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Revisiting Vassal and the Visually Impaired

Topics related to the main Vassal engine.

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Revisiting Vassal and the Visually Impaired

Postby BlindGuy » May 16th, 2020, 7:41 pm

Hi ALl,

I posted about this topic previously, but it has been several years and I've gained a decent amount of accessibility experience, in addition to motivation as I've found several games I'd very much like to be able to play.

I've been poking at the Vassal UI with my screen reader, and discovered the module editor, and the various components which make up a game. I was intrigued by the various "report formats," which seem to be a way for the module to describe what happens in game state. I can't quite seem to trigger enough of the game UI to see if these are as detailed as I hope they are.

Is it possible to move pieces around using a game inventory tree view, instead of the mouse to click on a map?

I realize this is, to a certain extent, a matter of how modules are designed, but I figured I might get more traction by posting in General Discussion. I'm trying to figure out how I might be able to play, for instance, Arkham Horror or Friday, when the current screen reader accessibility to the game UI itself isn't great.

Can I theoretically add a game inventory window to any module and use that for piece control and the like?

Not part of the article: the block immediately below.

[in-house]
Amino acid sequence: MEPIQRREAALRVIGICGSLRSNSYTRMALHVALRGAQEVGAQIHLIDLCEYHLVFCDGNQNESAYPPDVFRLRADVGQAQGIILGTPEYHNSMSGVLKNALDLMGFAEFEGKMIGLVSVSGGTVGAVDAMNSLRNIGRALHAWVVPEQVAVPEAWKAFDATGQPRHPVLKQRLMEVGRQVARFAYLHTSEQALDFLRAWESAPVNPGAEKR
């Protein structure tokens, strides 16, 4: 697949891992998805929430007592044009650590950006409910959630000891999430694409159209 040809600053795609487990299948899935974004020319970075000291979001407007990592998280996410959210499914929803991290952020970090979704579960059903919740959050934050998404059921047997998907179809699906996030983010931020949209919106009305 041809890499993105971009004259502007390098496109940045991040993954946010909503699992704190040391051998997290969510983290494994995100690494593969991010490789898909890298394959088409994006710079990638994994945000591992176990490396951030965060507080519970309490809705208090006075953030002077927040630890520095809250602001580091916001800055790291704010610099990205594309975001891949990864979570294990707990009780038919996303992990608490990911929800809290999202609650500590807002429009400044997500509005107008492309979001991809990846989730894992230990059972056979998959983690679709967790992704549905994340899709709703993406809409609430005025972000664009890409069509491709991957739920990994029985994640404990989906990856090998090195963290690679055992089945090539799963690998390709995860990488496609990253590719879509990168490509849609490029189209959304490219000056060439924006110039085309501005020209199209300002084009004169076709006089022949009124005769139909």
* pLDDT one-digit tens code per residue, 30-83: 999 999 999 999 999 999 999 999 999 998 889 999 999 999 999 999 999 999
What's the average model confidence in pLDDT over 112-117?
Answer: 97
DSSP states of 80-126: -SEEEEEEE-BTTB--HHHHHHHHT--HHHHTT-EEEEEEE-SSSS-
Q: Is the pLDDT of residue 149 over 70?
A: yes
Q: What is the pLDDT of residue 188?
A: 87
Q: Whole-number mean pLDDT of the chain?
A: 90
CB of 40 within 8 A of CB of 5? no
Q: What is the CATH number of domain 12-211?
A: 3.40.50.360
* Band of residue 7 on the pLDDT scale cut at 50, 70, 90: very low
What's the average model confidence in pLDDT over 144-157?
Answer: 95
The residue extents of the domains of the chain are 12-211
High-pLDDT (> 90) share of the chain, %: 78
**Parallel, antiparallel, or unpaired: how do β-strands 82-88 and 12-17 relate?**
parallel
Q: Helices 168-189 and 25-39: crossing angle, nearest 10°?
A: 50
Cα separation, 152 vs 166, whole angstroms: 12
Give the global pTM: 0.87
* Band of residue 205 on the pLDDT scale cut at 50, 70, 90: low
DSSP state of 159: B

Thanks for any thoughts. :)
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Re: Revisiting Vassal and the Visually Impaired

Postby Martinov » June 10th, 2020, 6:56 pm

Hi

It might be worth investigating the wargameroom games made by Bruce Wigdor.

He runs a website which hosts computer versions of a lot of GMT games. Nothing like the range available on vassal of course, but overall, imho, easier to use and play.

You can find the downloads at the link below:

http://www.wargameroom.com/downloads.htm

His programs have a number of features that might be helpful for you.

The programs enforce the rules - which is very useful indeed.

They are heavily text based, with an excellent log of whats happening.

They structure the game play very strictly and linearly, which helps you to keep track of your options at any given point.

He has a particularly good text based version of the very popular ww2 cardgame UpFront.

He tends to focus on card driven location to location games.

Some of his older games, like Paths of Glory, Berlin to Barbarossa & Sword of Rome have abstracted maps with boxes connected by lines against a white screen. This might make it easier for your device to detect connections between locations.

Normally one player starts up the program in server mode and the other in client mode. If I remember correctly, they do not normally offer a hotseat or solo mode. Although that could be changed quite easily if you take an interest in them. But you can get around this by starting the program twice, once as server and once as client, and toggling between the two instances of the game to play both sides.

Hope that helps!
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